But not all optimizations are created equal. The key is in how you design the equation. Energy optimization software needs to understand opportunity cost – how capturing certain value streams now might affect the ability to capture others later.
A good example of this in wholesale markets is selecting which products to sell into the market at what time. If a 50MW storage asset bids 50MW of frequency regulation, that asset cannot buy or sell energy at the same time (assume for this example a market where frequency regulation is one product, so “reg up” and “reg down” are bid together). Furthermore, participating in frequency regulation typically results in a lot of battery cycles, creating more wear and tear on the battery.
So providing frequency regulation might be the right decision, but only if the optimization accurately represents all tradeoffs. Getting this right is part art and part science – a mix of technical modeling and quantitative skills and deep market knowledge.
Athena Bidder’s approach to optimization uses time-series data – for example, how much solar generation will occur in one market interval, and the next, and the next. Or, what the real-time price for energy will be at a given node in different intervals. Or, the value of an incentive payment for solar energy delivered in late afternoon and evening intervals.
Once all value streams are accurately represented, Athena considers constraints such as grid export/import limits, solar charging, and other factors. The modeling uses forecasted data and projects optimal operating strategies several days into the future. After representing the problem this way, the optimization engine evaluates hundreds of scenarios and tradeoffs – of providing frequency regulation instead of energy, of charging the battery in the middle of the night versus the afternoon, and of prioritizing battery health and minimizing degradation, and then delivers an optimal and feasible operating strategy.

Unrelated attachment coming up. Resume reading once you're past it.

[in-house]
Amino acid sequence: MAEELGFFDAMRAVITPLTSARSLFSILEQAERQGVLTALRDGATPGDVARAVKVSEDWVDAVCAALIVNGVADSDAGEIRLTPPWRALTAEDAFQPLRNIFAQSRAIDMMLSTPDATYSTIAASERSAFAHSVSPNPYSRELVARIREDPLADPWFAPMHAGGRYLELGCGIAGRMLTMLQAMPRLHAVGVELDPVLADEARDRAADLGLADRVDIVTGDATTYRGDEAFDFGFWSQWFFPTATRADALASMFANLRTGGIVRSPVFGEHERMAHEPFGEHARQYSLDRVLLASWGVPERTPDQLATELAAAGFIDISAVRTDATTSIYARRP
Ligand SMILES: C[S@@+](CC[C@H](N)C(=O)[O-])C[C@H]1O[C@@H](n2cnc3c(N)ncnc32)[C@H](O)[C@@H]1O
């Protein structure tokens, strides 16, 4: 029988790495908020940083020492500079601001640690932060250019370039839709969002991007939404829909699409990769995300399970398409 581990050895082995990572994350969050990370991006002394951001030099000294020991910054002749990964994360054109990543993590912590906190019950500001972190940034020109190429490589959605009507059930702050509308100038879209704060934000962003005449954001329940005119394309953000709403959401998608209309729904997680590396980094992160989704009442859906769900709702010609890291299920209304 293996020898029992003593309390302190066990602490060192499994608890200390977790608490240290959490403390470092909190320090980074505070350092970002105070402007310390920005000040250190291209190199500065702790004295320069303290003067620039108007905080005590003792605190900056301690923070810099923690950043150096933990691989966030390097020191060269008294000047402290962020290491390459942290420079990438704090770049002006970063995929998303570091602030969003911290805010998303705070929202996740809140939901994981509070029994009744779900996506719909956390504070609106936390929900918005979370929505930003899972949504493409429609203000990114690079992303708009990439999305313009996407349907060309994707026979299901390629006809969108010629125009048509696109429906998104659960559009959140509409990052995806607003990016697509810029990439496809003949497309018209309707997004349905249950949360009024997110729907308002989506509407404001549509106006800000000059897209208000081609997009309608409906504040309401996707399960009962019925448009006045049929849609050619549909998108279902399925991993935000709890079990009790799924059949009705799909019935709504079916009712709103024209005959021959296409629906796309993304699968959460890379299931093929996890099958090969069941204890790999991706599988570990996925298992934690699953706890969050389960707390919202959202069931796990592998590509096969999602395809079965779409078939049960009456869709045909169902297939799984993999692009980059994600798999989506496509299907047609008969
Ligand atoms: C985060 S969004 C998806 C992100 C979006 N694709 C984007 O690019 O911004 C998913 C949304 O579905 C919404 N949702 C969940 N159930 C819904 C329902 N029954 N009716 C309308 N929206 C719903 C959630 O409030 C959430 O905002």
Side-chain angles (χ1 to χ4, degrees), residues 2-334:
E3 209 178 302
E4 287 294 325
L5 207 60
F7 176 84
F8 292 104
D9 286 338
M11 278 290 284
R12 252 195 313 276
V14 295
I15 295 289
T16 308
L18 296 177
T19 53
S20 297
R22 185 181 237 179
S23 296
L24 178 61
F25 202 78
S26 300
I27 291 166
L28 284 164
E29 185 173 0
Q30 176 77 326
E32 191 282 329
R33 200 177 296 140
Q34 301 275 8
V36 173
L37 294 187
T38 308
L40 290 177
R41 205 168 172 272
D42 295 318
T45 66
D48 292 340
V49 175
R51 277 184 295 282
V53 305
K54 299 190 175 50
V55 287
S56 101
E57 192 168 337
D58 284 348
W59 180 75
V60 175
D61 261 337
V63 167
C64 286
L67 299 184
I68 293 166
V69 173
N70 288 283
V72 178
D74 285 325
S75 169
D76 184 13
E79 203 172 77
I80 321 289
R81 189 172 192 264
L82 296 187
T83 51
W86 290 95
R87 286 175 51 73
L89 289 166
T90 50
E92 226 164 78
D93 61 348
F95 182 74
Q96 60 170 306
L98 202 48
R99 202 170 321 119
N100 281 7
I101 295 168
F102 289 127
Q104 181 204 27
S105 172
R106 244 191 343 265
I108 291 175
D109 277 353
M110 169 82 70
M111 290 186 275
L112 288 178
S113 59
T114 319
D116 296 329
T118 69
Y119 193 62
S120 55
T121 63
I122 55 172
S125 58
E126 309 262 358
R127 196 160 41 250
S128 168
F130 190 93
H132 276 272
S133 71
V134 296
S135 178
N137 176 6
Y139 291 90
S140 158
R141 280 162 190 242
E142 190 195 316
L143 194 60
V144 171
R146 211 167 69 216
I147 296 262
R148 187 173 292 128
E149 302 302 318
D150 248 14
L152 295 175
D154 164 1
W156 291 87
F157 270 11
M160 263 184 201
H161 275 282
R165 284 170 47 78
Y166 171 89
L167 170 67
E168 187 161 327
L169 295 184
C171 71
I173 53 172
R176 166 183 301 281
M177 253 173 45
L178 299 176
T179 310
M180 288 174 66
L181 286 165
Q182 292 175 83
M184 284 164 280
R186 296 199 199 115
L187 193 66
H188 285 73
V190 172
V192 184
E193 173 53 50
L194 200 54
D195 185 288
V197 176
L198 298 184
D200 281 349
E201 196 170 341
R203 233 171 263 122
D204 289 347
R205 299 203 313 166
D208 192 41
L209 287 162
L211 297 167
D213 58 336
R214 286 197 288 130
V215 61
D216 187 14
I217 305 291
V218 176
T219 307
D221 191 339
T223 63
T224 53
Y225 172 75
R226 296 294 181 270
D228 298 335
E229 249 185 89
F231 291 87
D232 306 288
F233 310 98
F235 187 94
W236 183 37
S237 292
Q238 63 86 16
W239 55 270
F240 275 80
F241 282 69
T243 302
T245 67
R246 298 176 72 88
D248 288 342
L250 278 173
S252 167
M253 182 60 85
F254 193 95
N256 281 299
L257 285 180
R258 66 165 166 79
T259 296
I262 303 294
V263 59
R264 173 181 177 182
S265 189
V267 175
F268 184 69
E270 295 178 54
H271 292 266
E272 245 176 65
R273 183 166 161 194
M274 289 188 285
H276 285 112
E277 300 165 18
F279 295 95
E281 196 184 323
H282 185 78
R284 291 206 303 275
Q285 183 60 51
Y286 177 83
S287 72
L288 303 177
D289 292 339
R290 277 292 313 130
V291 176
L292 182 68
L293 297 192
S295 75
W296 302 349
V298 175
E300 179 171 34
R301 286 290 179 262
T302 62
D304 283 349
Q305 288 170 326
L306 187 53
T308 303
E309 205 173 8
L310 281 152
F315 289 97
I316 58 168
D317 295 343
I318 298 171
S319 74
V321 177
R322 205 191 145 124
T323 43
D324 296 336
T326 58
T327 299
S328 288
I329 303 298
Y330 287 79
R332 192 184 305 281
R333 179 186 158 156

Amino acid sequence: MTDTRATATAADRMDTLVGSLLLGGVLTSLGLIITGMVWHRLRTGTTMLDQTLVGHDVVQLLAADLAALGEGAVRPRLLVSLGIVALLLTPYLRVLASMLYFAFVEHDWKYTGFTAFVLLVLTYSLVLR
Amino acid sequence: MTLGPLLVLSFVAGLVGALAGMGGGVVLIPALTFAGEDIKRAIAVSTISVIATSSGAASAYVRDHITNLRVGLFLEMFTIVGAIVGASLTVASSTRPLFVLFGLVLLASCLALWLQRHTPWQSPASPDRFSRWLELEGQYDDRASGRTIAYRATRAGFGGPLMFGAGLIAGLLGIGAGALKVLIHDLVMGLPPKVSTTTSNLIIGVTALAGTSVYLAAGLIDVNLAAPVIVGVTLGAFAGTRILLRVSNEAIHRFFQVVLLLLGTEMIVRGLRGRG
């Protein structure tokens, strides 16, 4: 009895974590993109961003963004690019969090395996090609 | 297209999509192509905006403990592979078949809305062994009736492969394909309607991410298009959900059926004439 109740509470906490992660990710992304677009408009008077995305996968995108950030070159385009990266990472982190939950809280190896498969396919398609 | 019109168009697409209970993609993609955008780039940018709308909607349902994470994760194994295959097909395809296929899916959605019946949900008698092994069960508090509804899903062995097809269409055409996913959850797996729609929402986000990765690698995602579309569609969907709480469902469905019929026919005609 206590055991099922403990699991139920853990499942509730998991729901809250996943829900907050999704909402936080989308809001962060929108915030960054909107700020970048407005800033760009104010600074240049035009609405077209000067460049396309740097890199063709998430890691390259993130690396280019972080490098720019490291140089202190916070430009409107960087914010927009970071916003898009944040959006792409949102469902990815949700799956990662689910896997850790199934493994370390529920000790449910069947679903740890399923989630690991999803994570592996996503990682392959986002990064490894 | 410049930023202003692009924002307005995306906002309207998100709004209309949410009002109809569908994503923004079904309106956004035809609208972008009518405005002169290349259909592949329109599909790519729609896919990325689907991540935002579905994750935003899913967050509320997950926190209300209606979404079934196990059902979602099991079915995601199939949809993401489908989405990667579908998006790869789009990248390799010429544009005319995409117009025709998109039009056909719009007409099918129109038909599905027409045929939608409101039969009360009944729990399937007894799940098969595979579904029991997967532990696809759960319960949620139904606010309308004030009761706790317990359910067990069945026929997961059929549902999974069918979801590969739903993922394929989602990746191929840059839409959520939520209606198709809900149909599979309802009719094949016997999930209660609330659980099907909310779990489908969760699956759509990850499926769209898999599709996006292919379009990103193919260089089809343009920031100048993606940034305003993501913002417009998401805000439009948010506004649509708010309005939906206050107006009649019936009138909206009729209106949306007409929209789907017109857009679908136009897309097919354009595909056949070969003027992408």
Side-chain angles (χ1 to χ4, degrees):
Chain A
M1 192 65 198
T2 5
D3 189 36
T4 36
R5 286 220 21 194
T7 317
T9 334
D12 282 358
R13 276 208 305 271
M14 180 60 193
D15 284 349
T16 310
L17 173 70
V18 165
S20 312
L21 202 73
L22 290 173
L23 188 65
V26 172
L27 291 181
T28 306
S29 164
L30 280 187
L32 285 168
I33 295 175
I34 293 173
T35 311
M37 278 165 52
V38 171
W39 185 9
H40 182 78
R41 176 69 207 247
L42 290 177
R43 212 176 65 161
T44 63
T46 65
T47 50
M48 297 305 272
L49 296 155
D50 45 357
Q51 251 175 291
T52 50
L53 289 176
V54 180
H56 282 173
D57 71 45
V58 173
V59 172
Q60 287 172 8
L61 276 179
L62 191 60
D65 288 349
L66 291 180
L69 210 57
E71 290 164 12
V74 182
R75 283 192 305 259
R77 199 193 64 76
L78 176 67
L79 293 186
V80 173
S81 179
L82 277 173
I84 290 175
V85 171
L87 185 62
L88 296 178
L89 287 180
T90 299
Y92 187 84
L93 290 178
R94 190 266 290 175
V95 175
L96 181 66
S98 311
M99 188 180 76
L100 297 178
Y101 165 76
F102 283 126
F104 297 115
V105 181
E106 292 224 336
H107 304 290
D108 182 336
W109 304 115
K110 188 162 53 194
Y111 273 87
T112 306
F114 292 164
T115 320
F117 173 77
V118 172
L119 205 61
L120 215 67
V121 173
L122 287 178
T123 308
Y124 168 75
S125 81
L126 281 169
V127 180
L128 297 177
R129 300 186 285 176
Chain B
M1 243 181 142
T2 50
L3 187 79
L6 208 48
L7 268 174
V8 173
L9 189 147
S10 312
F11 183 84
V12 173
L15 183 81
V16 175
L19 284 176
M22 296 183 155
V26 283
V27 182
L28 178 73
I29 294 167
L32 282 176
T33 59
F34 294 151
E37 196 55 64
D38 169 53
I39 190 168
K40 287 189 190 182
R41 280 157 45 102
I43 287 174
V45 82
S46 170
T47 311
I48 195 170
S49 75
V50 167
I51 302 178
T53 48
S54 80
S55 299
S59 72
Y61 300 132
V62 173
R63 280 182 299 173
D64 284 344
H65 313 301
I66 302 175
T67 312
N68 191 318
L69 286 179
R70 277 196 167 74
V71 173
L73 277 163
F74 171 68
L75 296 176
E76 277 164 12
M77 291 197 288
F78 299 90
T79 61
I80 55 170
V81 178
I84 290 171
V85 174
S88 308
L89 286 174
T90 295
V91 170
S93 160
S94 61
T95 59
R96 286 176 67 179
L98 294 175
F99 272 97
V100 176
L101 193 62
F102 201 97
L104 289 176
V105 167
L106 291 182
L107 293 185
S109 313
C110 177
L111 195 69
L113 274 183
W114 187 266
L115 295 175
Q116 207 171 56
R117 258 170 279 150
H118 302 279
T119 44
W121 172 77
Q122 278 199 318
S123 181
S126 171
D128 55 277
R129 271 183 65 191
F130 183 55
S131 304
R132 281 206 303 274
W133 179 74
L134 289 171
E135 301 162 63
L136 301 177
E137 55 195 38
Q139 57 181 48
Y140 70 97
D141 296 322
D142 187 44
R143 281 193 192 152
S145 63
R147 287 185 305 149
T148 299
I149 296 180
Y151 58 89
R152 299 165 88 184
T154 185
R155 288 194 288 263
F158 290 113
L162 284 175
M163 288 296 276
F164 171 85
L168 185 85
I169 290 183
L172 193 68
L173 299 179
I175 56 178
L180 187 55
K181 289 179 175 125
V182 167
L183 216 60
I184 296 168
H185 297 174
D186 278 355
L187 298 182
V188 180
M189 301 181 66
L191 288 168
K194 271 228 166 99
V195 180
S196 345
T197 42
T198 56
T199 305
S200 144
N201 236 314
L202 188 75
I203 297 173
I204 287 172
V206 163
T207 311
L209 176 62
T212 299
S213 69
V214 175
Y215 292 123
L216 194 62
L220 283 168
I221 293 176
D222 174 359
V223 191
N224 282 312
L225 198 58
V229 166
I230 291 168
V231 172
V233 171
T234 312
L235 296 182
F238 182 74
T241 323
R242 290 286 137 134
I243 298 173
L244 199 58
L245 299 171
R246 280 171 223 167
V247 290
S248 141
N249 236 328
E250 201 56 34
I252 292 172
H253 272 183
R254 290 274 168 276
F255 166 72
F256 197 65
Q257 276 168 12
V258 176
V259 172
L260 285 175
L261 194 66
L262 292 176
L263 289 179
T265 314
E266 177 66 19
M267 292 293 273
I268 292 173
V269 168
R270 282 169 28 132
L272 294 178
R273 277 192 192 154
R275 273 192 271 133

Because we’ve long since automated our data engineering processes that prepare time-series data for these optimizations, we can rapidly provide Athena Bidder with data for different wholesale markets and new market products with market intervals of different durations. And as with the forecasting example, Stem’s wholesale market optimization capabilities are rooted in our extensive experience operating systems with over 20 million hours of cumulative runtime. Customer loads and dynamic energy pricing were among our first time-series data.
The main thing to understand about scheduling is that it’s a very different solution for energy storage and hybrid solar plus storage assets than it is for traditional assets like natural gas plants or even renewable assets like solar and wind. This is related to forecasting and optimization, but I’m categorizing it under “scheduling” because it’s fundamentally about an asset’s readiness and availability to be bid into a market.
Scheduling storage relies on understanding the physical nature of energy storage systems. For one thing, unlike generation resources, storage is both a seller and buyer of power. And when storage is co-located as part of a hybrid plant it may be scheduled separately from the renewable asset or as a single resource. And DC-integration of solar and storage assets offers further opportunities and challenges to scheduling the hybrid asset. The specific physical characteristics of battery storage must be accounted for as well: for example, different battery chemistries may be kept at different states of charge to prolong battery life and maximize asset performance. There are also complex calculations that need to be performed to capture inverter efficiencies when converting between AC and DC power.
All of this is specific to storage, and distinct from scheduling other asset types. Stem has been doing this for so long that it’s baked into the DNA of the company, and it’s what Athena Bidder and the rest of our Athena applications have been specifically built for. Having a deep library of highly specialized, easily scalable software is a key reason we’re able to support our customers and partners in getting to market quickly and seizing new opportunities when they’re available.